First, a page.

Patients with mild to moderate chronic kidney disease (CKD) are at increased risk for gastrointestinal (GI) bleeding, new data suggest.

The data are from a study of 11,088 participants in the Atherosclerosis Risk in Communities (ARIC) study. During a median follow-up of 13.9 years, investigators observed 686 first incident hospitalizations for GI bleeding, an incidence rate of 4.9 episodes per 1000 person-years. In multivariable analysis, lower estimated glomerular filtration rate (eGFR) and higher albumin-to-creatinine ratio (ACR) were independently associated with high risk of hospitalization for GI bleeding.

Compared with individuals who had an eGFR of 90 mL/min/1.73 m2 or higher, those with an eGFR of 30 to 59 and less than 30 mL/min/1.73 m2 had a 51% and 7-fold increased risk of hospitalization for GI bleeding, respectively, a team led by Kunhiro Matsushita, MD, of the Johns Hopkins Bloomberg School of Public Health in Baltimore, reported online ahead of print in the Clinical Journal of the American Society of Nephrology.

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In addition, compared with individuals who had an ACR below 10 mg/g, those with an ACR of 10 to 29, 30 to 299, and 300 mg/g or higher had a 36%, 2-fold, and 2-fold increased risk of hospitalization for GI bleeding, respectively.

“To our knowledge, this is the first study demonstrating the association of higher albuminuria with risk for GI bleeding,” the investigators stated.

The ARIC study includes a population-based cohort of individuals aged 45 to 64 years at the time of enrollment from 1987 to 1989 from 4 U.S. communities.

The patients who experienced GI bleeding were significantly older than those who did not (mean 64.8 vs 62.7 years) and significantly more likely to be using aspirin (65% vs56%), anticoagulants (6% vs 2%) and proton pump inhibitors (5% vs 3%).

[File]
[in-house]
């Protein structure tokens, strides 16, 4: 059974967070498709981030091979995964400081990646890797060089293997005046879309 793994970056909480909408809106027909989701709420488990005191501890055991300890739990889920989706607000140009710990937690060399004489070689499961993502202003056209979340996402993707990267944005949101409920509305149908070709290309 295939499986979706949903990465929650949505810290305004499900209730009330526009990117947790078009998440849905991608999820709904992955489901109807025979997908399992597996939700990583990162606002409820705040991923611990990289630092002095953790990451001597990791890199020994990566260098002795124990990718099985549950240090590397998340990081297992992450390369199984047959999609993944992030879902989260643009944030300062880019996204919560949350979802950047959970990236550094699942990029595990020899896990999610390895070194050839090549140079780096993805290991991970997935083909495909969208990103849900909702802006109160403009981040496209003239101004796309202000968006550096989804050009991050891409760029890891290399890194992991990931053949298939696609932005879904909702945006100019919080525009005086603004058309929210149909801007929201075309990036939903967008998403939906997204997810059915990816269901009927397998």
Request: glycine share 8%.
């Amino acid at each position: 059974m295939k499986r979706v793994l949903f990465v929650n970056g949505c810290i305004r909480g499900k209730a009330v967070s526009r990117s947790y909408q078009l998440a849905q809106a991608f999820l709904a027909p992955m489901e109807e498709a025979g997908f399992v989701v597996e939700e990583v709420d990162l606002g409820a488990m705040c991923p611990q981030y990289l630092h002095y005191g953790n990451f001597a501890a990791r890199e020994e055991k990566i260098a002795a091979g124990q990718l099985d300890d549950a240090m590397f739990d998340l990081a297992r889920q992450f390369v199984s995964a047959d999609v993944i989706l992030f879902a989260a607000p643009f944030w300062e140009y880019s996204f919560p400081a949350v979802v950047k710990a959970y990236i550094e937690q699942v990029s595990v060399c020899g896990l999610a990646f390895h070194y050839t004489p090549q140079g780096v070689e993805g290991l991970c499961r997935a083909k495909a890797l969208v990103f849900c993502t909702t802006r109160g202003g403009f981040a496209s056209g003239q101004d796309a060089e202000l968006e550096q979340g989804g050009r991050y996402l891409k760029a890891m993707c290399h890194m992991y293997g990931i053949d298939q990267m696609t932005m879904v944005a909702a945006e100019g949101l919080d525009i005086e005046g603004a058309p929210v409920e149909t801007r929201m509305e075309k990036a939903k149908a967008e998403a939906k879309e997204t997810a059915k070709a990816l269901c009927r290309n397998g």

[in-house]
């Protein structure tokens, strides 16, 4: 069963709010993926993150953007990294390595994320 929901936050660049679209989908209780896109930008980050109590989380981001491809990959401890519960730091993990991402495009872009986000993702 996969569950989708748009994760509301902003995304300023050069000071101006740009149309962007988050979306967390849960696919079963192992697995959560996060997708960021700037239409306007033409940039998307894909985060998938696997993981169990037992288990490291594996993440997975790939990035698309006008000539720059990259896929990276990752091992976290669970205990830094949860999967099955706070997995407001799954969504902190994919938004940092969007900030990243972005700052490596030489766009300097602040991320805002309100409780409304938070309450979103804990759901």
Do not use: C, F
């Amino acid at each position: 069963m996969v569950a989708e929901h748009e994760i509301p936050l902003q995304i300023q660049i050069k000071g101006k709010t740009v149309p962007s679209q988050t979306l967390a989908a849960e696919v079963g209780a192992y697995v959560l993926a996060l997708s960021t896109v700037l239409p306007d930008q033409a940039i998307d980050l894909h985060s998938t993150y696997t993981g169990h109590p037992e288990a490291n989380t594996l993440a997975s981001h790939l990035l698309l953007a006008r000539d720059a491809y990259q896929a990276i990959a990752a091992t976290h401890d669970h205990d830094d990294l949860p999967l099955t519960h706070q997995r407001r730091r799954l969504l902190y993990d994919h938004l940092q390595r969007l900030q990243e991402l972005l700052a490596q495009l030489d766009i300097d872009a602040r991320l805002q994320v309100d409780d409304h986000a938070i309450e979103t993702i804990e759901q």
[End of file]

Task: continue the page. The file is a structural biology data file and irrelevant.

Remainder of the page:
The investigators discussed the possible clinical implications of their study findings. For example, physicians should be aware of the high risk of GI bleeding in individuals with decreased kidney function even at a moderate stage. In addition, they said their findings demonstrate that albuminuria is a potent predictor of GI bleeding. Its contribution to risk discrimination was similar to or even greater than most of the established predictors, they stated.

In an acknowledgement of study limitations, Dr Matsushita’s group noted that they relied on ICD-9 codes to ascertain the outcome of GI bleeding. Still, they noted, the validity of ICD-9 codes to identify GI bleeding has been reported to be high. In addition, since their study was observational, they could not exclude the possibility of residual confounding. Lastly, their study looked at a middle-aged biethnic population, so it is unclear if their results can be generalizable to other races and age ranges.

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